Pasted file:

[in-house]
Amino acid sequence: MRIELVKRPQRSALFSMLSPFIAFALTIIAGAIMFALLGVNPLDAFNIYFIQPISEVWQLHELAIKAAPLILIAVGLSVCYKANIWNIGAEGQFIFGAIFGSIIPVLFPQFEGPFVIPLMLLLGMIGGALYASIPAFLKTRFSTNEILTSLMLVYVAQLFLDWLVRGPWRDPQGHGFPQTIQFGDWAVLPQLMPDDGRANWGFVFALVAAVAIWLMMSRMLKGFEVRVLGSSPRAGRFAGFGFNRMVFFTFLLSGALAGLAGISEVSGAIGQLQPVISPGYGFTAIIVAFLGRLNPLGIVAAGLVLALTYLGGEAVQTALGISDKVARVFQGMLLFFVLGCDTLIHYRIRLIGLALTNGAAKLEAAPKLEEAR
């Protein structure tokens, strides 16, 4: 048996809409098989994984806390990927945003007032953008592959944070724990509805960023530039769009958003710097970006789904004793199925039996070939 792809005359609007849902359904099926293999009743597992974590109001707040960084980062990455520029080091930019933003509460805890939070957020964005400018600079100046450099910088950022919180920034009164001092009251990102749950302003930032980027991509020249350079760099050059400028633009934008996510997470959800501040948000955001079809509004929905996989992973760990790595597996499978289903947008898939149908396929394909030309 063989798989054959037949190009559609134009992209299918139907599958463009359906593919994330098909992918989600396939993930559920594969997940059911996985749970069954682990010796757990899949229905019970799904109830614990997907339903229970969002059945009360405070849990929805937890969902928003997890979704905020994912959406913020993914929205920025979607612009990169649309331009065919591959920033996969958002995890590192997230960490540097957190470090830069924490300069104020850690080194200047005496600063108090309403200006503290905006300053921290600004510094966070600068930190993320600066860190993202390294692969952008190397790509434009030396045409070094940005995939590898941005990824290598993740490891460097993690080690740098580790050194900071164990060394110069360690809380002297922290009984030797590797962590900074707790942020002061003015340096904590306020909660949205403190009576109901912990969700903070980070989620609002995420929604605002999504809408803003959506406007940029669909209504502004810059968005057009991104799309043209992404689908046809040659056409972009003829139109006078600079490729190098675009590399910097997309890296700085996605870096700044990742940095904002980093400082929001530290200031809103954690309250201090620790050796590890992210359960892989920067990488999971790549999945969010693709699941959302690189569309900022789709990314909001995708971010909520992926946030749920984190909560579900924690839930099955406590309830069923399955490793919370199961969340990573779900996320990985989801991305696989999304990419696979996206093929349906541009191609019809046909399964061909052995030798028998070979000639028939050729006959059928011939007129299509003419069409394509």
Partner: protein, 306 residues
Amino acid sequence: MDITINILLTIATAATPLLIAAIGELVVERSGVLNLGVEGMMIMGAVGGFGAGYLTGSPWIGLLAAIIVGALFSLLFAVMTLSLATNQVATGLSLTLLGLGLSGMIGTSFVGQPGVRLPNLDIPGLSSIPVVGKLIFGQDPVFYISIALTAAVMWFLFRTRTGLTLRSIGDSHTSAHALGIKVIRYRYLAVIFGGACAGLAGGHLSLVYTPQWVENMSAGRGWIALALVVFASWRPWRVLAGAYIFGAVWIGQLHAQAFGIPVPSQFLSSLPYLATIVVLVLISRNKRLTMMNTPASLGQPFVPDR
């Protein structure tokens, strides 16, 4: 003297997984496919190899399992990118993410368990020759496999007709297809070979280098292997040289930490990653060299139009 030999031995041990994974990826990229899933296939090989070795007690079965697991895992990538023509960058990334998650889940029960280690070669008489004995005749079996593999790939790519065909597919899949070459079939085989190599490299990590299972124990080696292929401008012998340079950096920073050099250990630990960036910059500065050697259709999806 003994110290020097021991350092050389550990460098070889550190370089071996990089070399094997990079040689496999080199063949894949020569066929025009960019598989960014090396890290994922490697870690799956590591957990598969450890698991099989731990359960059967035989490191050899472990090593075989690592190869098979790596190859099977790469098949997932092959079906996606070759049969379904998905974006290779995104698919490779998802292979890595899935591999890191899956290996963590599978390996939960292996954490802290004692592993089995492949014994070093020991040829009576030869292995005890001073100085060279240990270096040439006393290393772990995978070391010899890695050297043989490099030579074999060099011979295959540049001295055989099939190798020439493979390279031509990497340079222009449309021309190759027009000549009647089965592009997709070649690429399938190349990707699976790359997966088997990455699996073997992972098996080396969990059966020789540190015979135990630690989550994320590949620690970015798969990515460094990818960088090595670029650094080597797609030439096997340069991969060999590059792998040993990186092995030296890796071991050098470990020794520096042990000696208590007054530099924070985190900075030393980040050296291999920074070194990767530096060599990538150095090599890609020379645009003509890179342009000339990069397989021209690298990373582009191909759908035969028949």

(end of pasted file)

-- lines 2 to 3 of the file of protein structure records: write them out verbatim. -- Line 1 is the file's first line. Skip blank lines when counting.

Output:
Amino acid sequence: MRIELVKRPQRSALFSMLSPFIAFALTIIAGAIMFALLGVNPLDAFNIYFIQPISEVWQLHELAIKAAPLILIAVGLSVCYKANIWNIGAEGQFIFGAIFGSIIPVLFPQFEGPFVIPLMLLLGMIGGALYASIPAFLKTRFSTNEILTSLMLVYVAQLFLDWLVRGPWRDPQGHGFPQTIQFGDWAVLPQLMPDDGRANWGFVFALVAAVAIWLMMSRMLKGFEVRVLGSSPRAGRFAGFGFNRMVFFTFLLSGALAGLAGISEVSGAIGQLQPVISPGYGFTAIIVAFLGRLNPLGIVAAGLVLALTYLGGEAVQTALGISDKVARVFQGMLLFFVLGCDTLIHYRIRLIGLALTNGAAKLEAAPKLEEAR
């Protein structure tokens, strides 16, 4: 048996809409098989994984806390990927945003007032953008592959944070724990509805960023530039769009958003710097970006789904004793199925039996070939 792809005359609007849902359904099926293999009743597992974590109001707040960084980062990455520029080091930019933003509460805890939070957020964005400018600079100046450099910088950022919180920034009164001092009251990102749950302003930032980027991509020249350079760099050059400028633009934008996510997470959800501040948000955001079809509004929905996989992973760990790595597996499978289903947008898939149908396929394909030309 063989798989054959037949190009559609134009992209299918139907599958463009359906593919994330098909992918989600396939993930559920594969997940059911996985749970069954682990010796757990899949229905019970799904109830614990997907339903229970969002059945009360405070849990929805937890969902928003997890979704905020994912959406913020993914929205920025979607612009990169649309331009065919591959920033996969958002995890590192997230960490540097957190470090830069924490300069104020850690080194200047005496600063108090309403200006503290905006300053921290600004510094966070600068930190993320600066860190993202390294692969952008190397790509434009030396045409070094940005995939590898941005990824290598993740490891460097993690080690740098580790050194900071164990060394110069360690809380002297922290009984030797590797962590900074707790942020002061003015340096904590306020909660949205403190009576109901912990969700903070980070989620609002995420929604605002999504809408803003959506406007940029669909209504502004810059968005057009991104799309043209992404689908046809040659056409972009003829139109006078600079490729190098675009590399910097997309890296700085996605870096700044990742940095904002980093400082929001530290200031809103954690309250201090620790050796590890992210359960892989920067990488999971790549999945969010693709699941959302690189569309900022789709990314909001995708971010909520992926946030749920984190909560579900924690839930099955406590309830069923399955490793919370199961969340990573779900996320990985989801991305696989999304990419696979996206093929349906541009191609019809046909399964061909052995030798028998070979000639028939050729006959059928011939007129299509003419069409394509």